DURING THE PRODUCTION OF RED BLOOD CELLS, (1) FUNCTIONAL HEMOGLOBIN IS PRODUCED IN THE BONE MARROW AND (2-3) PLACED INTO RED BLOOD CELLS, GIVING THEM THEIR SIGNATURE COLOR.

DURING THE PRODUCTION OF RED BLOOD CELLS, FUNCTIONAL HEMOGLOBIN IS PRODUCED IN THE BONE MARROW AND PLACED INTO RED BLOOD CELLS, GIVING THEM THEIR SIGNATURE COLOR.

But in patients with beta-thalassemia, mutations disrupt the production of working hemoglobin in the quantities needed, so red blood cells do not mature properly; instead, they are like pale and abnormal small bags. Most importantly, they can’t pick up enough oxygen from the lungs and drop it off throughout the body.

IN PATIENTS WITH BETA-THALASSEMIA, (4) MUTATIONS DISRUPT THE PRODUCTION OF WORKING HEMOGLOBIN, (5-6) LEADING TO AN OVERPRODUCTION OF ABNORMAL RED BLOOD CELLS THAT ARE PINK-HUED AND UNABLE TO TRANSPORT OXYGEN EFFECTIVELY.

IN PATIENTS WITH BETA-THALASSEMIA, MUTATIONS DISRUPT THE PRODUCTION OF WORKING HEMOGLOBIN, LEADING TO AN OVERPRODUCTION OF ABNORMAL RED BLOOD CELLS THAT ARE PINK-HUED AND UNABLE TO TRANSPORT OXYGEN EFFECTIVELY.

“This inability to make sufficient hemoglobin contributes to chronic anemia,” Piga said. “But another distinctive and aggravating aspect of the disease is that the bone marrow works up to 30 times above, even ineffectively, with a lot of negative consequences including bone deformities.”

Piga is exploring whether it’s possible to disrupt the signals that send the bone marrow into overdrive. The hope is to treat anemia by boosting the number of red blood cells that have sufficient hemoglobin. While Piga admits the strategy would not cure beta thalassemia, it could improve quality of life for many patients living with this inherited blood disorder.

We’re hopeful that we can reduce the need for costly, time-consuming transfusions for patients.

Currently, most patients with severe forms of the disease need regular blood transfusions to shut down the bone marrow’s production of ineffective cells and augment the supply of normal red blood cells. Transfusions are cumbersome, costly and associated with risks, and they can cause complications through all the extra iron from the transfused blood cells. Since the body has no natural way to expel this metal, which can be dangerous at high levels, patients must be treated with chelation therapy to remove the excess iron.

While work remains to be done to understand how to curb the overproduction of ineffective red blood cells and the potential in alleviating chronic anemia, Piga remains optimistic.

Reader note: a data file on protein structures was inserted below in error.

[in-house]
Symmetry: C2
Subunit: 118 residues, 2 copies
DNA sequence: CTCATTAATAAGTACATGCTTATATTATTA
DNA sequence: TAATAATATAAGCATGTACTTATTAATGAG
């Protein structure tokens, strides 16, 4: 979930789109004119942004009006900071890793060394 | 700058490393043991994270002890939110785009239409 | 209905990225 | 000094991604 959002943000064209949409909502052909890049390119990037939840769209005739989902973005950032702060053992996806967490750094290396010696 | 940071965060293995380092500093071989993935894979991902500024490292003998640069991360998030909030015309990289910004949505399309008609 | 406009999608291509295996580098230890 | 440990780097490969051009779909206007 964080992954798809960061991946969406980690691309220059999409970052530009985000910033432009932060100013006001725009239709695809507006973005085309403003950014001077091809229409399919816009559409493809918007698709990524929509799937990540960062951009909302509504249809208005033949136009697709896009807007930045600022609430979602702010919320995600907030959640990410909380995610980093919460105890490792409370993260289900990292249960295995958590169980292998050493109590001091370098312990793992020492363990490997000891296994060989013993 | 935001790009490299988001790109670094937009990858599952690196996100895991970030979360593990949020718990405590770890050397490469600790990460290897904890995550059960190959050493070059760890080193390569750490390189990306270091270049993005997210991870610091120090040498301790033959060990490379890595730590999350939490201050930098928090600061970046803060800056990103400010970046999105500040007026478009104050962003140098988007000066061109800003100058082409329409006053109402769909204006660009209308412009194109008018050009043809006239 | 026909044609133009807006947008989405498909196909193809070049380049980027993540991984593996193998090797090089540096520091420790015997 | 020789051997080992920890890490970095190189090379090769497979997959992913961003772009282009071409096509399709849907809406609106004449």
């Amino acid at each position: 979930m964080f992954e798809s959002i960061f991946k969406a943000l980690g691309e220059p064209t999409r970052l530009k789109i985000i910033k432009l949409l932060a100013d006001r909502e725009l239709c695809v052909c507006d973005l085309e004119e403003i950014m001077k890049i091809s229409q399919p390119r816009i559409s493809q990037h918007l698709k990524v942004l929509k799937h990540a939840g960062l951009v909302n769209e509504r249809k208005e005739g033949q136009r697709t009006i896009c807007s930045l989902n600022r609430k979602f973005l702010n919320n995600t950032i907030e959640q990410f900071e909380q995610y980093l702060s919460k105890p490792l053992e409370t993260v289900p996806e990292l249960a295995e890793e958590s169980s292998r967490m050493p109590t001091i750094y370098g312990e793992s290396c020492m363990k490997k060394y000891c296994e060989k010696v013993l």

“We’re hopeful that we can soon reduce the need for costly transfusions for patients as we continue to search for a cure,” Piga said. “That’s the best message that I can give to the beta-thalassemia community on this year’s International Thalassemia Day.”

To learn more about why new treatments are needed to reduce the need for transfusions in anemia, read “Beta-Thalassemia: Current Treatments Not Enough.”

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Riyad Elbard has been receiving monthly blood transfusions since he was diagnosed with beta-thalassemia at the age of one. Because of the condition, his body doesn’t produce enough hemoglobin to carry oxygen to his organs and tissues. Few treatment options exist for beta-thalassemia, so for patients like Elbard, a safe, adequate supply of blood is a matter of life and death.

But globally, safe blood supplies are under threat. Fewer people are registering as blood donors today than a decade ago, and many countries still lack specific legislation covering the safety and quality of blood transfusions. Elbard hopes to raise awareness of this issue on this year’s World Thalassemia Day (May 8).

“We’re very fortunate in Canada to have access to advancements in blood testing technologies and have a strong donor base,” Elbard said. “But in Eastern Europe, the Middle East, Africa and Asia, the testing technology and supply is not there.”

If fewer and fewer people sign up to be blood donors, it could become very dangerous for beta-thalassemia patients.

Growing up in Beirut during the Lebanese Civil War, Elbard has experienced the anxiety of blood shortages firsthand. At several times during the conflict, his family would have to ask friends and family to donate blood to ensure that he had enough to stay healthy.